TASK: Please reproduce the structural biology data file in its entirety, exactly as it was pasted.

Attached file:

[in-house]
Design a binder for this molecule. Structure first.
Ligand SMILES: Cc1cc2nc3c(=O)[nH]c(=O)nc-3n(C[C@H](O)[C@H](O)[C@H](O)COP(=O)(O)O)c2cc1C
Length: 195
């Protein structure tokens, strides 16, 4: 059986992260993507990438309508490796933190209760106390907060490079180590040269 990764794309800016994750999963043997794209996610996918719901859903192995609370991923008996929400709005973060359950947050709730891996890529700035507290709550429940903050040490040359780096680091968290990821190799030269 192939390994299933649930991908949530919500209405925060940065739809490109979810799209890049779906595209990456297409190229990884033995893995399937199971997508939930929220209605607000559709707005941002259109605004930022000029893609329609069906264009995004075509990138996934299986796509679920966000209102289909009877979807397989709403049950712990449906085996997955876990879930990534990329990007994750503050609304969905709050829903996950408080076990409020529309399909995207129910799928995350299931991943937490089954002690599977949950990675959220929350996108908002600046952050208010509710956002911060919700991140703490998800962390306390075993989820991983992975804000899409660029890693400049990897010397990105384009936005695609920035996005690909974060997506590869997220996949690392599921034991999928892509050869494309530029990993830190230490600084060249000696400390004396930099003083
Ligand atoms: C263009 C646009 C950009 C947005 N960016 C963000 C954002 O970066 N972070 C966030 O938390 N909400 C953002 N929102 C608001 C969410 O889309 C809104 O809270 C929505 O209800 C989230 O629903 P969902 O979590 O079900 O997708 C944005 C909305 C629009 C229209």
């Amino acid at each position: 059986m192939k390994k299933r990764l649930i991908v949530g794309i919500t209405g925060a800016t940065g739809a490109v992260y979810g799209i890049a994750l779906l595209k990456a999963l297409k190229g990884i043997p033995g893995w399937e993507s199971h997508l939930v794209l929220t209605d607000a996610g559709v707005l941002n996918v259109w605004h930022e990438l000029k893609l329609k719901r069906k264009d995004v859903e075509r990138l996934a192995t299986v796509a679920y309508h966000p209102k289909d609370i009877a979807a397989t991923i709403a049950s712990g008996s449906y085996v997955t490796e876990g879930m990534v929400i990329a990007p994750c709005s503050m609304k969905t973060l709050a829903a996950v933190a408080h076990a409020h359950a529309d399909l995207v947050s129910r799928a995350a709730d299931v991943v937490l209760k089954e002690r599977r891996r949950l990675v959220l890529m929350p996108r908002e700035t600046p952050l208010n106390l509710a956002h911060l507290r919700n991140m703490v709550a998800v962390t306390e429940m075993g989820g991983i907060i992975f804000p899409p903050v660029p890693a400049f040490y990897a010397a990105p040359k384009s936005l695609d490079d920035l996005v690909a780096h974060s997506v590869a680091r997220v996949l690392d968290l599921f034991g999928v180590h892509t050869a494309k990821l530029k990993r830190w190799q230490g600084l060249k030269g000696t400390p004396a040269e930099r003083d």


[in-house]
Design a binder for this molecule. Structure first.
Ligand SMILES: Cc1cc2nc3c(=O)[nH]c(=O)nc-3n(C[C@H](O)[C@H](O)[C@H](O)COP(=O)(O)O)c2cc1C
Length: 195
């Protein structure tokens, strides 16, 4: 059986992260993507990438309508490796933190209760106390907060490079180590040269 990764794309800016994750999963043997794209996610996918719901859903192995609370991923008996929400709005973060359950947050709730891996890529700035507290709550429940903050040490040359780096680091968290990821190799030269 192939390994299933649930991908949530919500209405925060940065739809490109979810799209890049779906595209990456297409190229990884033995893995399937199971997508939930929220209605607000559709707005941002259109605004930022000029893609329609069906264009995004075509990138996934299986796509679920966000209102289909009877979807397989709403049950712990449906085996997955876990879930990534990329990007994750503050609304969905709050829903996950408080076990409020529309399909995207129910799928995350299931991943937490089954002690599977949950990675959220929350996108908002600046952050208010509710956002911060919700991140703490998800962390306390075993989820991983992975804000899409660029890693400049990897010397990105384009936005695609920035996005690909974060997506590869997220996949690392599921034991999928892509050869494309530029990993830190230490600084060249000696400390004396930099003083
Ligand atoms: C263009 C646009 C950009 C947005 N960016 C963000 C954002 O970066 N972070 C966030 O938390 N909400 C953002 N929102 C608001 C969410 O889309 C809104 O809270 C929505 O209800 C989230 O629903 P969902 O979590 O079900 O997708 C944005 C909305 C629009 C229209």
């Amino acid at each position: 059986m192939k390994k299933r990764l649930i991908v949530g794309i919500t209405g925060a800016t940065g739809a490109v992260y979810g799209i890049a994750l779906l595209k990456a999963l297409k190229g990884i043997p033995g893995w399937e993507s199971h997508l939930v794209l929220t209605d607000a996610g559709v707005l941002n996918v259109w605004h930022e990438l000029k893609l329609k719901r069906k264009d995004v859903e075509r990138l996934a192995t299986v796509a679920y309508h966000p209102k289909d609370i009877a979807a397989t991923i709403a049950s712990g008996s449906y085996v997955t490796e876990g879930m990534v929400i990329a990007p994750c709005s503050m609304k969905t973060l709050a829903a996950v933190a408080h076990a409020h359950a529309d399909l995207v947050s129910r799928a995350a709730d299931v991943v937490l209760k089954e002690r599977r891996r949950l990675v959220l890529m929350p996108r908002e700035t600046p952050l208010n106390l509710a956002h911060l507290r919700n991140m703490v709550a998800v962390t306390e429940m075993g989820g991983i907060i992975f804000p899409p903050v660029p890693a400049f040490y990897a010397a990105p040359k384009s936005l695609d490079d920035l996005v690909a780096h974060s997506v590869a680091r997220v996949l690392d968290l599921f034991g999928v180590h892509t050869a494309k990821l530029k990993r830190w190799q230490g600084l060249k030269g000696t400390p004396a040269e930099r003083d």